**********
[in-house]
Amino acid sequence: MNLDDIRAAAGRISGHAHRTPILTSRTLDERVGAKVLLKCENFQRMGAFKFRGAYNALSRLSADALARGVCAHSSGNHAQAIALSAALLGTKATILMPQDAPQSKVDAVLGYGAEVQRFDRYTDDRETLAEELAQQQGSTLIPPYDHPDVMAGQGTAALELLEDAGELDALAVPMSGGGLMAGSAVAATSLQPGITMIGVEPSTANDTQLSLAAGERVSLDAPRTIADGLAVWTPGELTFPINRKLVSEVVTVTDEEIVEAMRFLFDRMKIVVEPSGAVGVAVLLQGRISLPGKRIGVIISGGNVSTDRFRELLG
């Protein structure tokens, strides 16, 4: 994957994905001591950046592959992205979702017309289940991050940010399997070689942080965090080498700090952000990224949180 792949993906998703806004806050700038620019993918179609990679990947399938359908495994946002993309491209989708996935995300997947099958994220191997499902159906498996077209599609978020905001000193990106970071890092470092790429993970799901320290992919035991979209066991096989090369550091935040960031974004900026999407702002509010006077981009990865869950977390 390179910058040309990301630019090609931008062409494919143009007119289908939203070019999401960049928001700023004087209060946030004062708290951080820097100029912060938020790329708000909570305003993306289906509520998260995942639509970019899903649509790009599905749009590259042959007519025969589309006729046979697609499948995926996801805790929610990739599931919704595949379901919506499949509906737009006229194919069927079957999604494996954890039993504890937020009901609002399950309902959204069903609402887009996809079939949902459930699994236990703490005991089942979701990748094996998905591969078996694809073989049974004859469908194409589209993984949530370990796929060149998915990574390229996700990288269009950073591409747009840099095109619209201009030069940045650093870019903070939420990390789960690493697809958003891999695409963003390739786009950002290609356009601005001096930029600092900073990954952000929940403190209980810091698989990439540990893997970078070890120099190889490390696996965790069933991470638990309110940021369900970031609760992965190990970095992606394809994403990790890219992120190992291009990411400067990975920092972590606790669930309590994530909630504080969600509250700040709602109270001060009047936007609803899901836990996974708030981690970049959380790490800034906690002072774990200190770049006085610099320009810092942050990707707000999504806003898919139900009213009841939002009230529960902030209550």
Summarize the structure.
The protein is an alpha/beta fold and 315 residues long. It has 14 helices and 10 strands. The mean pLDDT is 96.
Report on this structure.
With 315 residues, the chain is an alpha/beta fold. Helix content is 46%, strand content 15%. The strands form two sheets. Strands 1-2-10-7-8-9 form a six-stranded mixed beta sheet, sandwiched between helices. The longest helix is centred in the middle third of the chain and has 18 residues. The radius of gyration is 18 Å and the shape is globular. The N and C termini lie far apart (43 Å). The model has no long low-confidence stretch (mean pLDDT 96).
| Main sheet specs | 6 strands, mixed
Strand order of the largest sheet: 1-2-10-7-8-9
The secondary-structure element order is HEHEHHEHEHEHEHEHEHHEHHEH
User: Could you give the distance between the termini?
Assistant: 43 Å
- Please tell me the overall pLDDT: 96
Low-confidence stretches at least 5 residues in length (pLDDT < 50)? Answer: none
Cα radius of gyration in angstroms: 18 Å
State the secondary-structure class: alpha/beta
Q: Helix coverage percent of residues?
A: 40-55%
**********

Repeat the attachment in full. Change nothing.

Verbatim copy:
[in-house]
Amino acid sequence: MNLDDIRAAAGRISGHAHRTPILTSRTLDERVGAKVLLKCENFQRMGAFKFRGAYNALSRLSADALARGVCAHSSGNHAQAIALSAALLGTKATILMPQDAPQSKVDAVLGYGAEVQRFDRYTDDRETLAEELAQQQGSTLIPPYDHPDVMAGQGTAALELLEDAGELDALAVPMSGGGLMAGSAVAATSLQPGITMIGVEPSTANDTQLSLAAGERVSLDAPRTIADGLAVWTPGELTFPINRKLVSEVVTVTDEEIVEAMRFLFDRMKIVVEPSGAVGVAVLLQGRISLPGKRIGVIISGGNVSTDRFRELLG
């Protein structure tokens, strides 16, 4: 994957994905001591950046592959992205979702017309289940991050940010399997070689942080965090080498700090952000990224949180 792949993906998703806004806050700038620019993918179609990679990947399938359908495994946002993309491209989708996935995300997947099958994220191997499902159906498996077209599609978020905001000193990106970071890092470092790429993970799901320290992919035991979209066991096989090369550091935040960031974004900026999407702002509010006077981009990865869950977390 390179910058040309990301630019090609931008062409494919143009007119289908939203070019999401960049928001700023004087209060946030004062708290951080820097100029912060938020790329708000909570305003993306289906509520998260995942639509970019899903649509790009599905749009590259042959007519025969589309006729046979697609499948995926996801805790929610990739599931919704595949379901919506499949509906737009006229194919069927079957999604494996954890039993504890937020009901609002399950309902959204069903609402887009996809079939949902459930699994236990703490005991089942979701990748094996998905591969078996694809073989049974004859469908194409589209993984949530370990796929060149998915990574390229996700990288269009950073591409747009840099095109619209201009030069940045650093870019903070939420990390789960690493697809958003891999695409963003390739786009950002290609356009601005001096930029600092900073990954952000929940403190209980810091698989990439540990893997970078070890120099190889490390696996965790069933991470638990309110940021369900970031609760992965190990970095992606394809994403990790890219992120190992291009990411400067990975920092972590606790669930309590994530909630504080969600509250700040709602109270001060009047936007609803899901836990996974708030981690970049959380790490800034906690002072774990200190770049006085610099320009810092942050990707707000999504806003898919139900009213009841939002009230529960902030209550």
Summarize the structure.
The protein is an alpha/beta fold and 315 residues long. It has 14 helices and 10 strands. The mean pLDDT is 96.
Report on this structure.
With 315 residues, the chain is an alpha/beta fold. Helix content is 46%, strand content 15%. The strands form two sheets. Strands 1-2-10-7-8-9 form a six-stranded mixed beta sheet, sandwiched between helices. The longest helix is centred in the middle third of the chain and has 18 residues. The radius of gyration is 18 Å and the shape is globular. The N and C termini lie far apart (43 Å). The model has no long low-confidence stretch (mean pLDDT 96).
| Main sheet specs | 6 strands, mixed
Strand order of the largest sheet: 1-2-10-7-8-9
The secondary-structure element order is HEHEHHEHEHEHEHEHEHHEHHEH
User: Could you give the distance between the termini?
Assistant: 43 Å
- Please tell me the overall pLDDT: 96
Low-confidence stretches at least 5 residues in length (pLDDT < 50)? Answer: none
Cα radius of gyration in angstroms: 18 Å
State the secondary-structure class: alpha/beta
Q: Helix coverage percent of residues?
A: 40-55%